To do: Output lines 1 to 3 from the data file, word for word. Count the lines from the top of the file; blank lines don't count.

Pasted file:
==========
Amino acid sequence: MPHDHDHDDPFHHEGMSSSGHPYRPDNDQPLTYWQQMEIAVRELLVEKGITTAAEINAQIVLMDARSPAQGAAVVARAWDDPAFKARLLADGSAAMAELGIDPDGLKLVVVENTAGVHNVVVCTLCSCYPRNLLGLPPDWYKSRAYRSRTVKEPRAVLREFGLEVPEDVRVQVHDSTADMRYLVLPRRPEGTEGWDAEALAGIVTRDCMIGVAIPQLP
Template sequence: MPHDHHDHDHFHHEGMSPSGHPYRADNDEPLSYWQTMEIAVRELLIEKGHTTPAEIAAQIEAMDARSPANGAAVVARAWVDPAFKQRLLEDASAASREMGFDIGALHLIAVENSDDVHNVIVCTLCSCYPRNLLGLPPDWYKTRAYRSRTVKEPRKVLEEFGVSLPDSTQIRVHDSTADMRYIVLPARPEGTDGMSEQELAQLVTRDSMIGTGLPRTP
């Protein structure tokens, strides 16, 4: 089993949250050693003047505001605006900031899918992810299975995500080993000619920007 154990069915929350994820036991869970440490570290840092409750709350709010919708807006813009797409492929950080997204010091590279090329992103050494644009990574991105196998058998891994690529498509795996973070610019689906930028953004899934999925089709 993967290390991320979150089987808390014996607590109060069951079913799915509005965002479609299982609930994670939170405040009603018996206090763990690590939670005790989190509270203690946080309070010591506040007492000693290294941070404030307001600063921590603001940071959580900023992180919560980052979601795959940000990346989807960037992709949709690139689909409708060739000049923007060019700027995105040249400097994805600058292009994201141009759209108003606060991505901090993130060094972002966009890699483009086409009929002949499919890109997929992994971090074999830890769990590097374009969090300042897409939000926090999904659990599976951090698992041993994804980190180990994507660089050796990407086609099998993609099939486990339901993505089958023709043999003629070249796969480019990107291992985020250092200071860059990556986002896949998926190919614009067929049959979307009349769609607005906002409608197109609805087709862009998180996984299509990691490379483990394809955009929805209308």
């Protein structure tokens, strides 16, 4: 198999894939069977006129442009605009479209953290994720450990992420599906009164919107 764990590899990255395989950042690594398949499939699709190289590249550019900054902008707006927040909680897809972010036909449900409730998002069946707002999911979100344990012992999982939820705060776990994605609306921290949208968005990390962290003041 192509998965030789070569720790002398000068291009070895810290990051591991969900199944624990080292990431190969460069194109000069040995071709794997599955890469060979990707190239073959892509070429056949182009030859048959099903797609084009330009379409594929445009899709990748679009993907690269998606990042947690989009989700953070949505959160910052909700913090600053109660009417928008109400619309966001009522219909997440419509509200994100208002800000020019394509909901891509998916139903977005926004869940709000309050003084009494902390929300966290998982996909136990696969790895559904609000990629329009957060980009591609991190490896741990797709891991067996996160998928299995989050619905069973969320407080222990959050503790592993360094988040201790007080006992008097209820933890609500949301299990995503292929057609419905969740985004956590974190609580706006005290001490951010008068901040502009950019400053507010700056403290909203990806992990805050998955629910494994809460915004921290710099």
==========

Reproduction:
Amino acid sequence: MPHDHDHDDPFHHEGMSSSGHPYRPDNDQPLTYWQQMEIAVRELLVEKGITTAAEINAQIVLMDARSPAQGAAVVARAWDDPAFKARLLADGSAAMAELGIDPDGLKLVVVENTAGVHNVVVCTLCSCYPRNLLGLPPDWYKSRAYRSRTVKEPRAVLREFGLEVPEDVRVQVHDSTADMRYLVLPRRPEGTEGWDAEALAGIVTRDCMIGVAIPQLP
Template sequence: MPHDHHDHDHFHHEGMSPSGHPYRADNDEPLSYWQTMEIAVRELLIEKGHTTPAEIAAQIEAMDARSPANGAAVVARAWVDPAFKQRLLEDASAASREMGFDIGALHLIAVENSDDVHNVIVCTLCSCYPRNLLGLPPDWYKTRAYRSRTVKEPRKVLEEFGVSLPDSTQIRVHDSTADMRYIVLPARPEGTDGMSEQELAQLVTRDSMIGTGLPRTP
């Protein structure tokens, strides 16, 4: 089993949250050693003047505001605006900031899918992810299975995500080993000619920007 154990069915929350994820036991869970440490570290840092409750709350709010919708807006813009797409492929950080997204010091590279090329992103050494644009990574991105196998058998891994690529498509795996973070610019689906930028953004899934999925089709 993967290390991320979150089987808390014996607590109060069951079913799915509005965002479609299982609930994670939170405040009603018996206090763990690590939670005790989190509270203690946080309070010591506040007492000693290294941070404030307001600063921590603001940071959580900023992180919560980052979601795959940000990346989807960037992709949709690139689909409708060739000049923007060019700027995105040249400097994805600058292009994201141009759209108003606060991505901090993130060094972002966009890699483009086409009929002949499919890109997929992994971090074999830890769990590097374009969090300042897409939000926090999904659990599976951090698992041993994804980190180990994507660089050796990407086609099998993609099939486990339901993505089958023709043999003629070249796969480019990107291992985020250092200071860059990556986002896949998926190919614009067929049959979307009349769609607005906002409608197109609805087709862009998180996984299509990691490379483990394809955009929805209308």